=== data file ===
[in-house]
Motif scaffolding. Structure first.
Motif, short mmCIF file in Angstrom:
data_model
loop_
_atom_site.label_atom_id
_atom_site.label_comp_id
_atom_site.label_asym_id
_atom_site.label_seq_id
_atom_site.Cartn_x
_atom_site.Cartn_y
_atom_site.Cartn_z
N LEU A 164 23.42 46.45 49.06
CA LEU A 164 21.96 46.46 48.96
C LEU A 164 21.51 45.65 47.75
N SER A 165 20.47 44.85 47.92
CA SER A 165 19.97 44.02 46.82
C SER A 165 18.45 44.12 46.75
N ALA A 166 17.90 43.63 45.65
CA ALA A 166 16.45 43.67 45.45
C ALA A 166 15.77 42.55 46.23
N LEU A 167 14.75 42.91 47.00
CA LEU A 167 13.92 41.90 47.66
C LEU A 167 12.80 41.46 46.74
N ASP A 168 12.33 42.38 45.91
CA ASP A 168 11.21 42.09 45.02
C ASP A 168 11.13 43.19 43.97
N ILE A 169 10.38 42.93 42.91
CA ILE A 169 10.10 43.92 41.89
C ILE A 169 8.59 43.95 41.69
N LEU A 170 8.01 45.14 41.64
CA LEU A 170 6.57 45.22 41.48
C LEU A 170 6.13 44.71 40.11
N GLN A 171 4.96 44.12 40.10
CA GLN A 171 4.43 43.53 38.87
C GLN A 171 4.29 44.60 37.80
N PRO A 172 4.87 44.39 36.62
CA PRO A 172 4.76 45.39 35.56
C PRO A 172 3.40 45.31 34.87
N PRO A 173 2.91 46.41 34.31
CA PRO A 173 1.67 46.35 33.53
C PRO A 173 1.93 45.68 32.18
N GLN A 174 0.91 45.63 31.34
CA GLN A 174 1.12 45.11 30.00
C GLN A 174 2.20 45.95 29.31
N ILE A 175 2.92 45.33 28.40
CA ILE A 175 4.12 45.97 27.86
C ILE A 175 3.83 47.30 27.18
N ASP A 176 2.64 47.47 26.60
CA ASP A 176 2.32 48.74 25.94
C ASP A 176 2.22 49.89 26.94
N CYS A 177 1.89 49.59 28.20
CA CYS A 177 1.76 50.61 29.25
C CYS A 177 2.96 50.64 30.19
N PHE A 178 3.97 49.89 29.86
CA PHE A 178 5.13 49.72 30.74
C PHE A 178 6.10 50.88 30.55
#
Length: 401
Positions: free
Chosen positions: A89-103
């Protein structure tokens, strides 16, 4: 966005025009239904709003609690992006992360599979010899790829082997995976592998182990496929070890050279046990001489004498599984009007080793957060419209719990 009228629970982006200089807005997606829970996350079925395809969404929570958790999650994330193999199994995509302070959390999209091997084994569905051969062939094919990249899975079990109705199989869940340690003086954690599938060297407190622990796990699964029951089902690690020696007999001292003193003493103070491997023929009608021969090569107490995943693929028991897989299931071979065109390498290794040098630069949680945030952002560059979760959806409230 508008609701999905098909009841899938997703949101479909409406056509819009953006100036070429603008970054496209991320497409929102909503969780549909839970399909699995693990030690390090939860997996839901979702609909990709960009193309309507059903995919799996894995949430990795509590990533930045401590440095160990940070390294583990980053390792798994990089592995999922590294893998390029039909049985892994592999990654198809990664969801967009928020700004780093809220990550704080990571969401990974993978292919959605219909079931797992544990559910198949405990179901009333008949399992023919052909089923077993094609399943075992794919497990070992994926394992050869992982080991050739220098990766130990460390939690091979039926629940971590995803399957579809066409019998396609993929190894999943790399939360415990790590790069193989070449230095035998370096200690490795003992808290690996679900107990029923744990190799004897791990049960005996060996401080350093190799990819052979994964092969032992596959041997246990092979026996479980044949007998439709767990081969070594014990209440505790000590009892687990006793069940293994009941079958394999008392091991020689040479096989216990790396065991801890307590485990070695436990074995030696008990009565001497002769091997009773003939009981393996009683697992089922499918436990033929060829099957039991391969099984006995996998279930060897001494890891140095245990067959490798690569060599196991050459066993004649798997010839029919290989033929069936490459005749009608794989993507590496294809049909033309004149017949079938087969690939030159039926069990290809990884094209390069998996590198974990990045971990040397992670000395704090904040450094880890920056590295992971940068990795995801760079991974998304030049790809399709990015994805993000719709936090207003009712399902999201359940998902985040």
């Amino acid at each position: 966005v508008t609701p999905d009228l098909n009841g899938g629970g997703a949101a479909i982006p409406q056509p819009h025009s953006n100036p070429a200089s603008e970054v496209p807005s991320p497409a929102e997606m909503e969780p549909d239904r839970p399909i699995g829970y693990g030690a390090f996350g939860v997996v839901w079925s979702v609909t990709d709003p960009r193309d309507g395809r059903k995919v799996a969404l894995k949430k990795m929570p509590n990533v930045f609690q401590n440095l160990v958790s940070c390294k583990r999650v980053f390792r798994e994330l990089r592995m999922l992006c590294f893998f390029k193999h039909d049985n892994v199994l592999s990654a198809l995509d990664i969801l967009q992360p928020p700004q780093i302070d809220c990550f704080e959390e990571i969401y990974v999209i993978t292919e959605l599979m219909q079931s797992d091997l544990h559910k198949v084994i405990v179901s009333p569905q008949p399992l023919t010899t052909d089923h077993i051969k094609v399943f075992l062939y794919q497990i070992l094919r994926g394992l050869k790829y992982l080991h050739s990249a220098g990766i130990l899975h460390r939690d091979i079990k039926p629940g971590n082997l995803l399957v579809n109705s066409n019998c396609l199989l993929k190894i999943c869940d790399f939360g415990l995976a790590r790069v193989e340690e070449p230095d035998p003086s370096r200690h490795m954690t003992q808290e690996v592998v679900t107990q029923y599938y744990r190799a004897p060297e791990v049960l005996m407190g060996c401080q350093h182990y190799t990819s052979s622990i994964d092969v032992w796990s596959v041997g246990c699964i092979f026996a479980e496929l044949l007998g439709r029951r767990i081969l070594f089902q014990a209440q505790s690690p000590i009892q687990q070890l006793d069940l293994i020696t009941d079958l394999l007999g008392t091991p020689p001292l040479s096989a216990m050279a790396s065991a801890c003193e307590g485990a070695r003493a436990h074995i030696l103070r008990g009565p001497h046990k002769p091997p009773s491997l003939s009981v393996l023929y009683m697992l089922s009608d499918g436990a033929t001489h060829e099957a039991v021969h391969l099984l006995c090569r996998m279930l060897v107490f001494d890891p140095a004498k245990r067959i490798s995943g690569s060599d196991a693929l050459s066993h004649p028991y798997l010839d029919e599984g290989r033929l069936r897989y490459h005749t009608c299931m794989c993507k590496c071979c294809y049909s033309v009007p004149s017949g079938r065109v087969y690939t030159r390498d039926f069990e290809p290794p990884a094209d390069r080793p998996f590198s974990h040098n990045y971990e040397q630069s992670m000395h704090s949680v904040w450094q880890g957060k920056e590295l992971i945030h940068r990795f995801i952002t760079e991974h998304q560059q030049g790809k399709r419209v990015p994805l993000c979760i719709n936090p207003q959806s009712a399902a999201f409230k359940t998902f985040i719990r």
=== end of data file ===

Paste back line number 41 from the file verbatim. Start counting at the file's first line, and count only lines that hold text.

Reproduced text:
CA PRO A 173 1.67 46.35 33.53